The independent singer-songwriter discusses her dark and inviting debut EP, the culmination of her years of hard work and growth.
Riah's Heartbreak Magic feels like something of a homecoming.
Most of the songs on her debut EP are singles with release dates stretching years back, before Riah ever released any kind of official project. On their own, they're an interesting historical record, an invitation into the development of a growing artist experimenting with tone and mood. From the grooving hook of "Wildfire" to the bitter longing in the lyrics of "Nice" to the nostalgia-soaked bassline on the disarming "Prom"—you can picture Riah in the lab, curiously tinkering with her sound with her collaborator, Chad Copelin. Linked together and re-ordered on the EP, though, they're proof-positive of Riah's talents. Riah asserts herself quickly and completely in Heartbreak Magic's twenty minutes, and it's exciting to hear the way her musical growth has become its own story.
Heartbreak Magic is Riah's arrival in the artistic space she's been quietly building for herself for years. It's a small project, both lush and sparse at once, but that's what makes its immediate emotionality—and Riah's confidence in it—so riveting. Popdust was able to speak with Riah about how she crafted her sound and what she learned while preparing Heartbreak Magic.
First off, congratulations on the release of your first full project! What feels different about having one cohesive body of work out?
The difference for me is I've done five separate singles, so to have a body of work that has a common theme is really important. I think it tells my story, and anyone's story, just a little bit better—to have a full experience, to have a whole narrative out in the world. It's exciting, it's scary, it's new, and I think it builds the story of what I've gone through and what I'm going through. It just paints a better picture.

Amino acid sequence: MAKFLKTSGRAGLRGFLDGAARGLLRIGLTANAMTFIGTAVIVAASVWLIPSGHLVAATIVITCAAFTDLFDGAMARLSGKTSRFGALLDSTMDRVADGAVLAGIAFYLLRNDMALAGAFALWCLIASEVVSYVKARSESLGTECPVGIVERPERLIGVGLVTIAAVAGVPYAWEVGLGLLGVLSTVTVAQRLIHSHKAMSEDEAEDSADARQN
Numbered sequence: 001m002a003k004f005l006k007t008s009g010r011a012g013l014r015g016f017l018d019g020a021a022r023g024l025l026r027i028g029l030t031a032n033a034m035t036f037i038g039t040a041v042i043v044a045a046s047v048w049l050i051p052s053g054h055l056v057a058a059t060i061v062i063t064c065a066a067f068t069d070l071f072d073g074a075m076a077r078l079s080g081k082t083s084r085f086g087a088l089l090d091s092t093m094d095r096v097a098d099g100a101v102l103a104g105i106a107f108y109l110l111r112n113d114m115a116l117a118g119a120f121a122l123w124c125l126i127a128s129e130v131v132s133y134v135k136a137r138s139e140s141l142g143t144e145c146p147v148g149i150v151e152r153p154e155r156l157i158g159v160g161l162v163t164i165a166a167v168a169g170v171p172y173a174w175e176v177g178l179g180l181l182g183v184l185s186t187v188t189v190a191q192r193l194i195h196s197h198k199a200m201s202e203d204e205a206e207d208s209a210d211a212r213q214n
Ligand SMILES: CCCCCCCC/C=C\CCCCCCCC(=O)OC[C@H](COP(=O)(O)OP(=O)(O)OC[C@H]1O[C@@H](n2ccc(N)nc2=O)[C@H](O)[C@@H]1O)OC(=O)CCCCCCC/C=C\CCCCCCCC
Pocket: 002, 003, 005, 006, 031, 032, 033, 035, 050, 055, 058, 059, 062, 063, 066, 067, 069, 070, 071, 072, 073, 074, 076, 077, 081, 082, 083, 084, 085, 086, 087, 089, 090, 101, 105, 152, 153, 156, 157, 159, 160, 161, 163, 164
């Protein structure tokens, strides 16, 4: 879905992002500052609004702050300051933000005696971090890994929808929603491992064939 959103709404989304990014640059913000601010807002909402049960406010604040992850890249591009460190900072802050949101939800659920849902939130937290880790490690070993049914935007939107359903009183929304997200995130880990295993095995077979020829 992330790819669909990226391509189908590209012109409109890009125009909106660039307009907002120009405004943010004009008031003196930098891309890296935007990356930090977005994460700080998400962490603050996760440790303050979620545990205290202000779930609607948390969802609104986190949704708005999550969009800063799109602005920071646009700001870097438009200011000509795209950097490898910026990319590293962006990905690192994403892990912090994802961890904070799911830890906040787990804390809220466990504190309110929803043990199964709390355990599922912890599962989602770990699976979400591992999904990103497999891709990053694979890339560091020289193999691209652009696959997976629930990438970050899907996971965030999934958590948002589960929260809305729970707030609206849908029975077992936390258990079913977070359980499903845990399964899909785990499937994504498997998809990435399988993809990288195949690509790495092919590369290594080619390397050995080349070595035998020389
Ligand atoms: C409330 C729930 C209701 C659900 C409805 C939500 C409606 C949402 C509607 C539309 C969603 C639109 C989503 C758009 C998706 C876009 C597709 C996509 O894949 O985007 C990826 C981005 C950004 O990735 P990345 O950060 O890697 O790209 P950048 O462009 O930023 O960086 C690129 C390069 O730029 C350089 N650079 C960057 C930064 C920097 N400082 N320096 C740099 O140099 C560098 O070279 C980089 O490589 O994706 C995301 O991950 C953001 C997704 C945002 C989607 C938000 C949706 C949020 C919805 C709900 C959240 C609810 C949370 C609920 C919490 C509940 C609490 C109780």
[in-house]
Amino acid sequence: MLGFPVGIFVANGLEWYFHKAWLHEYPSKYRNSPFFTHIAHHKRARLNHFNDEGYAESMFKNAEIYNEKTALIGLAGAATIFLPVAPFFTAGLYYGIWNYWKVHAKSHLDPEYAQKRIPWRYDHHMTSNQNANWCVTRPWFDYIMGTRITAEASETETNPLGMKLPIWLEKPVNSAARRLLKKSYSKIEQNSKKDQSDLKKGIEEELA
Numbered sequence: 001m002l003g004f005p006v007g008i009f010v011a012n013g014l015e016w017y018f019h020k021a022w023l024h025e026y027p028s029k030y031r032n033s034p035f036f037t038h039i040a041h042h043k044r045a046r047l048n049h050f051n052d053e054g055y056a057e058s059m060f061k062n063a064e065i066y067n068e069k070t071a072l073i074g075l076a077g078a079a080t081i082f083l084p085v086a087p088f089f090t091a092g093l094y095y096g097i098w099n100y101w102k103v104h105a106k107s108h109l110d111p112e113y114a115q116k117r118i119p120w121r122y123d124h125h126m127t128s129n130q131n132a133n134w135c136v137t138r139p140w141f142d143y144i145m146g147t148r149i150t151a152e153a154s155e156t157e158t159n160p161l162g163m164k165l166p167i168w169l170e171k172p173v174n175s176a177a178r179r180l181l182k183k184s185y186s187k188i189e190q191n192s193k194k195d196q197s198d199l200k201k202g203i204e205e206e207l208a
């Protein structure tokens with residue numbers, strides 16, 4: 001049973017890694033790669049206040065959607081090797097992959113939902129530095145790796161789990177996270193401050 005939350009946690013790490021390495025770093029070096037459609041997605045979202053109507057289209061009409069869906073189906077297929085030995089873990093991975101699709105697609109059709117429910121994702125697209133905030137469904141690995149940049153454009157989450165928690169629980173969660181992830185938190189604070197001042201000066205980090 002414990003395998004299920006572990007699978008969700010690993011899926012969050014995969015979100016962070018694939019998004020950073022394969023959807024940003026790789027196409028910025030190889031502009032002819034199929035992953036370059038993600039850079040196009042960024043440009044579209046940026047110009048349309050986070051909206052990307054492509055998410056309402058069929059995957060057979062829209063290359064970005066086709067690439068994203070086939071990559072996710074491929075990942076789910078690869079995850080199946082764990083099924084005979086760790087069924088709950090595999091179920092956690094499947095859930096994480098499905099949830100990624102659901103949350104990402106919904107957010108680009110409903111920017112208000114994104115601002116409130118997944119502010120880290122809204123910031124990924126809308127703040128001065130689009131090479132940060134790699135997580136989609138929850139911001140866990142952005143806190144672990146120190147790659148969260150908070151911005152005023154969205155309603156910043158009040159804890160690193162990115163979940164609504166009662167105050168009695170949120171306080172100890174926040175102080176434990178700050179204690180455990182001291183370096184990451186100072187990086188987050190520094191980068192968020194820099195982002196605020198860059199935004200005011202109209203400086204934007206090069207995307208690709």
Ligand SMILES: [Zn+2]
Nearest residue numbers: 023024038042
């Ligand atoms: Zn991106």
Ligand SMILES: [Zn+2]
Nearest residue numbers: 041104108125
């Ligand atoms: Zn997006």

Considering the EP is the sum of more than a few years of work, now that Heartbreak Magic is out, what do you think the titular single does to bring all the songs together under one umbrella?
The reason I decided to do the EP now, after releasing those songs first, is me feeling more confident in who I am as an artist. There's a lot of pressure on the things that you release to represent who you are, and I felt really excited and really confident about these songs and this EP saying, "This is who I am...I know who I am, I know what I want to say, and I know what I want to sound like." I'm really proud of who they show me to be.
How do you feel now about the time it took for you to get to this point?
I wish it didn't take me so long. It's been a twelve-year journey for me in music to figure all this stuff out. I'm really grateful for it. I look back and I'm grateful I didn't rush into things. Even now, things feel like they're going fast, even though I look back and think, "This has been such a long time coming, I've taken my sweet time with all of it." I'm glad I waited until I was confident in who I am. I know that if you're not solid in who you are, things can sweep you off your feet and change the way that you sound, the way that you write. I'm grateful for the time, even though I wish it'd taken less.
The EP was co-written with Chad Copelin, your longtime collaborator. How has your collaboration helped build your sound, from your writing to your production style?
A big part of the reason that I click with him is how [his process is] so different from the way I do things. And when I started this project, I really wanted to test my limits and not stay comfortable. I wanted to feel safe, but I wanted to push myself and see what I was capable of. He really continually pushes me out of my comfort zone, and I think he's constantly pushing himself out of his comfort zone. It keeps me learning; it keeps me on my toes; it keeps me challenging my own ideas. It was so important for me to find someone like that, and it's been pretty much the biggest part of the way that I sound and the way that everything's been released, because of what he hears and the marriage of our instincts.